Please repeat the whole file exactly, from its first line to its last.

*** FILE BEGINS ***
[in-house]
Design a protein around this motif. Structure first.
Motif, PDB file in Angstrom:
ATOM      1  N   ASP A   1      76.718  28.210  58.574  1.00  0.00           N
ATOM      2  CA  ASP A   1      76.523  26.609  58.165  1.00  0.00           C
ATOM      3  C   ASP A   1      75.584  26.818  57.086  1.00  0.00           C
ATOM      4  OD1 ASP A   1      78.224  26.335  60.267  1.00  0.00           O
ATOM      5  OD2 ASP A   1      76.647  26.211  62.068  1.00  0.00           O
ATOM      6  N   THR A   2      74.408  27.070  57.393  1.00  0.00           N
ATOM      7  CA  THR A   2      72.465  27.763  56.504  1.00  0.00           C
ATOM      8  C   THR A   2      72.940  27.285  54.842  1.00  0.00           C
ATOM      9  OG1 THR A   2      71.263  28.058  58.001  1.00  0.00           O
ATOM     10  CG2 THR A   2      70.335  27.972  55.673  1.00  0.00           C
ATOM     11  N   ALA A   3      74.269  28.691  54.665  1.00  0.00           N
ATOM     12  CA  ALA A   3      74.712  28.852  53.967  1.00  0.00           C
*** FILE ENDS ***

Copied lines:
[in-house]
Design a protein around this motif. Structure first.
Motif, PDB file in Angstrom:
ATOM      1  N   ASP A   1      76.718  28.210  58.574  1.00  0.00           N
ATOM      2  CA  ASP A   1      76.523  26.609  58.165  1.00  0.00           C
ATOM      3  C   ASP A   1      75.584  26.818  57.086  1.00  0.00           C
ATOM      4  OD1 ASP A   1      78.224  26.335  60.267  1.00  0.00           O
ATOM      5  OD2 ASP A   1      76.647  26.211  62.068  1.00  0.00           O
ATOM      6  N   THR A   2      74.408  27.070  57.393  1.00  0.00           N
ATOM      7  CA  THR A   2      72.465  27.763  56.504  1.00  0.00           C
ATOM      8  C   THR A   2      72.940  27.285  54.842  1.00  0.00           C
ATOM      9  OG1 THR A   2      71.263  28.058  58.001  1.00  0.00           O
ATOM     10  CG2 THR A   2      70.335  27.972  55.673  1.00  0.00           C
ATOM     11  N   ALA A   3      74.269  28.691  54.665  1.00  0.00           N
ATOM     12  CA  ALA A   3      74.712  28.852  53.967  1.00  0.00           C